The Biden administration wants to minimize the fallout from the expiration of the COVID-19 public health emergency (PHE), whenever it occurs. At the top of the list of concerns is the insurance status of people who have been able to stay on Medicaid or the Children’s Health Insurance Program (CHIP) without having to comply with reverification rules. To minimize coverage disruptions, the Centers for Medicare and Medicaid Services (CMS) is planning to restrict how states go about reviewing who remains eligible to stay on these programs. The new rules would substantially increase both federal and state costs for Medicaid and CHIP.
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Planning for the PHE’s end has gained urgency recently as it has become clearer that the COVID-19 pandemic has entered a new phase (recent comments from the president highlight the shifting consensus). It will not be possible to sustain emergency measures indefinitely when most institutions—public and private—have resumed normal operations or are preparing to do so.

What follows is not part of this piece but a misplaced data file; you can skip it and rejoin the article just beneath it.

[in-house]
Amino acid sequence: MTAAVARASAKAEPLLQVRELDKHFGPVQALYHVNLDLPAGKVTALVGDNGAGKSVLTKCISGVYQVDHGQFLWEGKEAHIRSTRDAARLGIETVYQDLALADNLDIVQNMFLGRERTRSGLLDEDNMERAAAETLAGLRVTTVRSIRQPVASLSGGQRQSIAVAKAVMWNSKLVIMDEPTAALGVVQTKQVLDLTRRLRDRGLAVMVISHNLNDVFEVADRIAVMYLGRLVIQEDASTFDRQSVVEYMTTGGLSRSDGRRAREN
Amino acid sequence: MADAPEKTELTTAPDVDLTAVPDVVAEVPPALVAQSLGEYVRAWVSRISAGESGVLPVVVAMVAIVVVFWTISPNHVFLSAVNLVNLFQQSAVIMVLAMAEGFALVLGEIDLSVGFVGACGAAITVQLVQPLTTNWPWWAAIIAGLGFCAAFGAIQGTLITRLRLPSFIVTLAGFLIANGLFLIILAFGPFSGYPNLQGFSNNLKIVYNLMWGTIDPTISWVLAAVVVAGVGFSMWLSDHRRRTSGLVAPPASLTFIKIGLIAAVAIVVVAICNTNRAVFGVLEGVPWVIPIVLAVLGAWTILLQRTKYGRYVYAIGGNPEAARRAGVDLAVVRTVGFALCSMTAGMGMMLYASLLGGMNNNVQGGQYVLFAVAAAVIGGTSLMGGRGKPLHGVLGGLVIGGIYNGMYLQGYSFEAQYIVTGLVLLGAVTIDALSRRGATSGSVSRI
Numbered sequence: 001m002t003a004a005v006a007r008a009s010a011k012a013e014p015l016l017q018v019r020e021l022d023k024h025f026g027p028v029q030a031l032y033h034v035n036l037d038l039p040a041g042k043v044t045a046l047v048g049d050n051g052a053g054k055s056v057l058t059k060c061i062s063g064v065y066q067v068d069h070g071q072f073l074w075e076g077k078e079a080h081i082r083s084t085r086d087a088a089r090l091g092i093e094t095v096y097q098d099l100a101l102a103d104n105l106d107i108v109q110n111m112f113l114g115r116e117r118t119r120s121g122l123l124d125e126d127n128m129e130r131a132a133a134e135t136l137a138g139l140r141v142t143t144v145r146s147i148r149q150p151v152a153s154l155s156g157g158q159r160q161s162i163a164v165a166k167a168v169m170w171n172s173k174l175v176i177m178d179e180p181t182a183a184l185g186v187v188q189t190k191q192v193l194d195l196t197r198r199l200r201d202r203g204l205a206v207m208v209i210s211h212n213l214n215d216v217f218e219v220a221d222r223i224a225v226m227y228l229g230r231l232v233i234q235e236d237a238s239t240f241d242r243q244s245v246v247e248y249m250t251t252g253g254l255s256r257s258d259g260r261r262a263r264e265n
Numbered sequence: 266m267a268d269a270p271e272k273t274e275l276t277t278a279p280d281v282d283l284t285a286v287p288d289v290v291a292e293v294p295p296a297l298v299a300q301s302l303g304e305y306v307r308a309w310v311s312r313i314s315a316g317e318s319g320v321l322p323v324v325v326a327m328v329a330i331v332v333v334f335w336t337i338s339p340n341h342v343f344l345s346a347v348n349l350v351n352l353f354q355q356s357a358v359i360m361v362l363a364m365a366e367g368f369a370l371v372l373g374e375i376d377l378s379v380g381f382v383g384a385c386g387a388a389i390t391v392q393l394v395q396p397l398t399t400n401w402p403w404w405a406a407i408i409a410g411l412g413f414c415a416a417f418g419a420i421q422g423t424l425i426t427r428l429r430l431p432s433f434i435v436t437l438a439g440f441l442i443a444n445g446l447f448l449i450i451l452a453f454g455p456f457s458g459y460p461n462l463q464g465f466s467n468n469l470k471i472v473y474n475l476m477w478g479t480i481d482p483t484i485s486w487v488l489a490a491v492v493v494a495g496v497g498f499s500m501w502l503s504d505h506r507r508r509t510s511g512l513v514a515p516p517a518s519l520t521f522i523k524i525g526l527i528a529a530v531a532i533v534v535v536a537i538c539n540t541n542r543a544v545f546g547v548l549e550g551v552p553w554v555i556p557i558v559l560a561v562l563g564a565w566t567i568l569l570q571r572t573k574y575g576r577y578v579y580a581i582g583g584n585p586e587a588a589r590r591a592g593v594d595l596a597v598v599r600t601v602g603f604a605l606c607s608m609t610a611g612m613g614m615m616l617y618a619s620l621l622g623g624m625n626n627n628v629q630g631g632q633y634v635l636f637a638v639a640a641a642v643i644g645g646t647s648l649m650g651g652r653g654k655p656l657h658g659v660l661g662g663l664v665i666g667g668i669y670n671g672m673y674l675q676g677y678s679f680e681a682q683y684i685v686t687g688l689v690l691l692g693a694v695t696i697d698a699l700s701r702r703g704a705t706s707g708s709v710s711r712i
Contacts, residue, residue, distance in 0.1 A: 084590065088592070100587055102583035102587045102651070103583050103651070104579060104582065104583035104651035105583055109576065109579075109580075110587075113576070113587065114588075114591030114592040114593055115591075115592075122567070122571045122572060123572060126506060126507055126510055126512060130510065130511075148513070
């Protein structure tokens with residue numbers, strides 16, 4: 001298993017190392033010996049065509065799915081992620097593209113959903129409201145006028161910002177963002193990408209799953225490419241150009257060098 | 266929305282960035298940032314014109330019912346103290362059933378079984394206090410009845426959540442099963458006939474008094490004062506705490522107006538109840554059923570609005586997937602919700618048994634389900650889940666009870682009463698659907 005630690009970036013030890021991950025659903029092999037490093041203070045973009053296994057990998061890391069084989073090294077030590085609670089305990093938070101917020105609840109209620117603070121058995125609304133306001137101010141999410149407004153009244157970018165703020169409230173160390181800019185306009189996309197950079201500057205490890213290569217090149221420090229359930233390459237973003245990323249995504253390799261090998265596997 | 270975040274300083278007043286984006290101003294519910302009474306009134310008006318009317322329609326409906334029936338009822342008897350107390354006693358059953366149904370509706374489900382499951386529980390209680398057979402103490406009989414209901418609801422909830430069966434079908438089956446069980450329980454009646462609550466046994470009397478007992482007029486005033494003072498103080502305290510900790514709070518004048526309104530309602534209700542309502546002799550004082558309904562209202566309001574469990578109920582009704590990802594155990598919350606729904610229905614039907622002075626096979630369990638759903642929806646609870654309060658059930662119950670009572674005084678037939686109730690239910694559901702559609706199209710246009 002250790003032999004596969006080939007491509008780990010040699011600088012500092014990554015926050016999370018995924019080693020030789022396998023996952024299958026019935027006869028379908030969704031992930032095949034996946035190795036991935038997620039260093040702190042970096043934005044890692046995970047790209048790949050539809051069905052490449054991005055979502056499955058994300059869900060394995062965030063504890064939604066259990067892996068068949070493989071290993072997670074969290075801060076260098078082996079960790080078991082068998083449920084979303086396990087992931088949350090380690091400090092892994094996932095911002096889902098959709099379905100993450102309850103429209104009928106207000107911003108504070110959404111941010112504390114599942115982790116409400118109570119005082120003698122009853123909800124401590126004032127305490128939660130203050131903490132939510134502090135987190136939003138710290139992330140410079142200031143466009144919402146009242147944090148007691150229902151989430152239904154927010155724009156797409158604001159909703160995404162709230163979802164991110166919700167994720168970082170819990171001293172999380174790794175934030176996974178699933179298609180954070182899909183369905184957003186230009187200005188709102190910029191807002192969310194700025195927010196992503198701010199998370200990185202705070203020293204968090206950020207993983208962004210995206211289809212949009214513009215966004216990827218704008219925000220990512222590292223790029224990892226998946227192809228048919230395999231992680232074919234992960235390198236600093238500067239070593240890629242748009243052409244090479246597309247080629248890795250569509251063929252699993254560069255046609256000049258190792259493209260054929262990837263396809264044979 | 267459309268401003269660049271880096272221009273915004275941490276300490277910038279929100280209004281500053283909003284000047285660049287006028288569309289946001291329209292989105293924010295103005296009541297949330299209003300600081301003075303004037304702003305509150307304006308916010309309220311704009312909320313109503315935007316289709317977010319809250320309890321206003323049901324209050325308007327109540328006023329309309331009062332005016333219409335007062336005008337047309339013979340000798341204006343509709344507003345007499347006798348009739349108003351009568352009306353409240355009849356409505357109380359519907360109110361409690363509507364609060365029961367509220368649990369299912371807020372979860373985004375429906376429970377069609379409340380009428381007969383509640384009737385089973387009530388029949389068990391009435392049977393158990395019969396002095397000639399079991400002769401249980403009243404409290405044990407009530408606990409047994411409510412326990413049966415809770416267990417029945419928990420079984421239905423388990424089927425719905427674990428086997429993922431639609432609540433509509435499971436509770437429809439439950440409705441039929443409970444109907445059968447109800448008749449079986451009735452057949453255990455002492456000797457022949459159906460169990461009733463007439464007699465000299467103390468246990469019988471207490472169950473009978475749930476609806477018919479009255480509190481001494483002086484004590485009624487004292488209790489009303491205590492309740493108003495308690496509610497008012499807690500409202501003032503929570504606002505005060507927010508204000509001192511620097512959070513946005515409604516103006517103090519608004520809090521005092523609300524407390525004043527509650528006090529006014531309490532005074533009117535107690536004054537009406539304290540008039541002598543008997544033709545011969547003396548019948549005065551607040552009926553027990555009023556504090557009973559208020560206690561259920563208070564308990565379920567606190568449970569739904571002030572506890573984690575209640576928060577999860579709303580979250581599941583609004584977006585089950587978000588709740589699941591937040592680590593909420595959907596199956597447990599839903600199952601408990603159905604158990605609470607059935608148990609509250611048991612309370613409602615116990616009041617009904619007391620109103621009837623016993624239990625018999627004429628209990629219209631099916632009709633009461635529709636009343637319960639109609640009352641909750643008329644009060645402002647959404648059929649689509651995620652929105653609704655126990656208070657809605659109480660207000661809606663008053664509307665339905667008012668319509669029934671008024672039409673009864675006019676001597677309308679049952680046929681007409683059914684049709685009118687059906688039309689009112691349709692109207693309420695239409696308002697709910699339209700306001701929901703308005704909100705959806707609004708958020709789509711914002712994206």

Still, while an end to the PHE is approaching, it is not yet imminent because of the complexity of unwinding several policies that are tied to it. The latest PHE extension, announced by the Secretary of Health and Human Services (HHS) in July, lasts until October 15th but is not the final word. The Biden administration has committed to providing notice to the governors at least 60 days before the emergency declaration expires, which has not yet occurred. Thus, the PHE is sure to be extended beyond October 15th and most likely will not end before sometime in 2023.
Among the most consequential PHE-related policies is the provision enacted in the Families First Coronavirus Response Act that provided higher federal Medicaid funding to states on the condition that they suspend their eligibility reverification processes through the duration of the declared emergency. This stipulation has allowed many millions of beneficiaries who signed up for Medicaid since early 2020 to stay on the program without having to prove they still meet all of the eligibility criteria. As of May 2022, there were 89.0 million people enrolled in Medicaid and CHIP, up from 70.7 million in February 2020.